Over the last few years, the organisers of the SCI World MultiConference on Systemics, Cybernetics, and Informatics have often circulated invitations to participate. But what exactly is SCI?
This highly-successful event -- a remarkable 1,859 papers were accepted for the 2001 event -- is run by the International Institute of Informatics and Systemics (or IIIS). This is "a non-profitable international Organization which takes into consideration the globalization process". It appears to have no officers or location, and is not associated with any academic institution. Its only public role appears to be to host the SCI conference.
The conference organisers widely circulate invitations to join the program committee. This year, a PhD student of mine was personally invited to join, a surprising honour for an individual with a single minor publication. Several newly-qualified junior staff received the same invitation. Visiting the web site, a substantial PC was already in place. Some of these may be important researchers in their field; however, of the several where I investigated further, only some appeared to have academic posts, and none had a significant number of publications. Yet the web site is a convincing document that appears to reflect a substantial enterprise.
The call-for-papers was circulated even more widely. It explicitly states that papers will be reviewed. As an experiment, I arranged for submission of three papers to the 2002 conference, by different authors. All three papers are superficially reasonable submissions, on the first page at least, and all three were accepted without comment. Yet the merits of these papers as research publications are far from clear:
Two existing unpublished papers of mine, combined sentence by sentence, so that the text alternates line by line between two topics. This paper doesn't make any sense, but is just possibly not worse than legitimate submissions I have refereed. It is conceivable that a reviewer might regard it as acceptable, albiet impenetrable.
An unpublished paper of mine, with additional remarks inserted in the introduction and elsewhere. These gems of research observations included:
... we have implemented a[n] ... algorithm ... the computational cost is high, and the method does not work at all. We believe that this method is not capable of being improved ...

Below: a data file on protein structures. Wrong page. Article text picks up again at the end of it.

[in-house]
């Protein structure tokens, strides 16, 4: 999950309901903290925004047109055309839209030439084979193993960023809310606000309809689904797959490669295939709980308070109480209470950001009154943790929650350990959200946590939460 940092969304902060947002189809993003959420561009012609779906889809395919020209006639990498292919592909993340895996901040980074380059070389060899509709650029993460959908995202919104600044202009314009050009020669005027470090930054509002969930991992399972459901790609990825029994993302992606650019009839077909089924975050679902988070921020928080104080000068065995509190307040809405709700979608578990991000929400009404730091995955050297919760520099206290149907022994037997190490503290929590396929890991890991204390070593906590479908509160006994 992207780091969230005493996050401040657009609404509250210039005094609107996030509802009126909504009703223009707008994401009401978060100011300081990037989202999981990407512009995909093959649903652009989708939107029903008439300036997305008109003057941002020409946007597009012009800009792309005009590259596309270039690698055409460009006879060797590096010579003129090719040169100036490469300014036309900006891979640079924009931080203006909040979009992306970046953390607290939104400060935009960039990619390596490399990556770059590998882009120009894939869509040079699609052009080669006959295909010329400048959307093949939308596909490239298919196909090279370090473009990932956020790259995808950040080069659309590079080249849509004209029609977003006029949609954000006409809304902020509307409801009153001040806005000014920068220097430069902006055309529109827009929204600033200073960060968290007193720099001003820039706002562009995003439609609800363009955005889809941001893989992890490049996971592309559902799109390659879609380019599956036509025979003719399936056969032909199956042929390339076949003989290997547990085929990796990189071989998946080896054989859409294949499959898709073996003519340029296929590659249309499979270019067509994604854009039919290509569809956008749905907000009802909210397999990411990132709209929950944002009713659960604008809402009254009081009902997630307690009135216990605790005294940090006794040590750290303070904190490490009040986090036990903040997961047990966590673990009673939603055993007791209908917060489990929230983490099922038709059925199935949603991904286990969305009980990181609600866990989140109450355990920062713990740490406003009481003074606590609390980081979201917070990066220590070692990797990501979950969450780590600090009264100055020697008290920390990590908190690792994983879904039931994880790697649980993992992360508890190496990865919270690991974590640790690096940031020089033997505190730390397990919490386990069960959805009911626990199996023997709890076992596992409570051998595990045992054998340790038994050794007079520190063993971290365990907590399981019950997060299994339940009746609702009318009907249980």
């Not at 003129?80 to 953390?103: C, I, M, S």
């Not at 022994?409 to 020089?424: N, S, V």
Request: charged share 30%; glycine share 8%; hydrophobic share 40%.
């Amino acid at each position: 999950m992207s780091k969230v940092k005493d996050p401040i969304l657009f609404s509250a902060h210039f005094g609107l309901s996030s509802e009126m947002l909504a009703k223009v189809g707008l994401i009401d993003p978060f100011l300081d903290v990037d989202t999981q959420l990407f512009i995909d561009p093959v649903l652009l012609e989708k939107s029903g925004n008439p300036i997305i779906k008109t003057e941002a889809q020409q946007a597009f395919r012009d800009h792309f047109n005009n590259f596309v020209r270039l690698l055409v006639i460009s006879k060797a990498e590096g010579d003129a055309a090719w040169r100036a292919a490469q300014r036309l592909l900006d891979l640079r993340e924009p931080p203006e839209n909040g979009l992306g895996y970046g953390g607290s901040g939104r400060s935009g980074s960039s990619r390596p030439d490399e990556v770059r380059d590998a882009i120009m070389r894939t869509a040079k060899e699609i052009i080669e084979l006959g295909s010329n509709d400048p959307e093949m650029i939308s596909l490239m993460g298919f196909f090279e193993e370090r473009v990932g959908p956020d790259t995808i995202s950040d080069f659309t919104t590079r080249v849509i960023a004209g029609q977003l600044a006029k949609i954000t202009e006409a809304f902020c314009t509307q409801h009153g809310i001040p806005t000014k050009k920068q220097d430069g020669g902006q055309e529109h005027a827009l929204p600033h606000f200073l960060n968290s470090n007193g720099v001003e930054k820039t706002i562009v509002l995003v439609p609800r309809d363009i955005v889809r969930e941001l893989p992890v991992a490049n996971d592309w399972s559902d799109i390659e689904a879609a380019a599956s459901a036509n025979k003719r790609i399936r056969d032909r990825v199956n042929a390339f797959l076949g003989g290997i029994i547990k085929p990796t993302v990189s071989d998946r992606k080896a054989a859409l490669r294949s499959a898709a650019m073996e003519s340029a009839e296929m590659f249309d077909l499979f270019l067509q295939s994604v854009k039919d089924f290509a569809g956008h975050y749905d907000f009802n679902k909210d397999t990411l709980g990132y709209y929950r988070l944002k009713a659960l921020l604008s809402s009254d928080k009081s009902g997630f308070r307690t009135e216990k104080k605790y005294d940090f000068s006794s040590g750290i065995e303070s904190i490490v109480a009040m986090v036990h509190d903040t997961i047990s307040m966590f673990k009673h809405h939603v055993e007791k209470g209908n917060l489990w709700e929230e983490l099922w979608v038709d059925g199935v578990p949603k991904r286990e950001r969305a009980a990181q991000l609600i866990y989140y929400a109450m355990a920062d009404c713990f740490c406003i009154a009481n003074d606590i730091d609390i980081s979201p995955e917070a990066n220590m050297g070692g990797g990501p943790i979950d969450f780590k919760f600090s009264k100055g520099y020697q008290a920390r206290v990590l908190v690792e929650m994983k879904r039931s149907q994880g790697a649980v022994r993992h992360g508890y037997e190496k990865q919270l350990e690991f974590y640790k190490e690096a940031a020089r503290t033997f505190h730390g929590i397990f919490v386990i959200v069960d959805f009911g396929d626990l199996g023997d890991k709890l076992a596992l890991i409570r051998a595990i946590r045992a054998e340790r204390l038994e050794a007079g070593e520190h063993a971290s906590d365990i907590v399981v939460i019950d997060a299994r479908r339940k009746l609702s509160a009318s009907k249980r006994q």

The final fifty [rules] were culled from a much larger number originally proposed, when in the light of day we discovered that many of the suggestions were due to inebriation. An important discovery we made at this stage is that clear thinking is necessary in this research. Intoxication sustained over a long period would have ended the work prematurely.
For example, consider the parsing of "bathtub" ... Interestingly, this discovery was made in the bathtub by the second author and his girlfriend whose activities and involuntary vocalisations at that moment led to some considerable difficulty with a range of pronunciation tasks.
Many of the problems [in our code] may be due to poor implementation, as we have found many bugs in our code. As this research is not well designed and has led to such poor outcomes, we have decided not to improve the code. An alternative was to invent more promising results, an approach that we report on in the last line of the table. As this data shows, concoction of successful experiments is a highly effective method of improving apparent performance.Which program committee members thought this work worthy of acceptance?
A surreal collection of remarks about information retrieval, by myself and a colleague. Aside from the first page, many of the paragraphs make no sense, and much of the content consists of jokes and nonsequiturs. For example,
The growth of information retrieval corresponded with the popularity of Sartre and existentialism, so that answers simply were; their meaning and content was not relevant. Later, the influence of popular mysticism and Zen philosophies led to a reverse approach, in which answers were not. Anarchists insisted that answers be statements that undermine the question. Another approach has been to attack the implicit dominance of the query and ask whether the query is relevant to the answers, thus seeking equality in the query-answer relationship.
References included "The voyage of the Beagle" (Darwin), "Equations" (Maxwell), and "Users and dualism" (D. Carte). It is difficult to believe that this paper was read, let alone reviewed.
This paper had been circulating for a while, as a spoof of information retrieval, and it had previously been submitted to several venues - and rejected every time. These venues include an international workshop, reports, a SIG newsletter, and an Australian conference.
The organisers of the conference invite the contributors to pay the registration fee, with a separate fee for each accepted paper, and state it is not necessary to attend so long as the publication fee is paid -- a highly unusual practice. I have repeatedly requested the referees' reports, but there has been no response. The organisers have however rapidly responded to queries about the financial arrangements. Although this conference may well be legitimate, the reviewing process appears to be nonexistent and the statements in the call-for-papers misleading.
Exactly the same cast of characters was listed in the web pages for 2003, under exactly the same questionable arrangements (although the web pages have moved).
Update. The University of Texas at Austin is hosting a related 2004 event, CCCT. Some of the individuals have changed; the structure has not. Make your own judgements before becoming involved.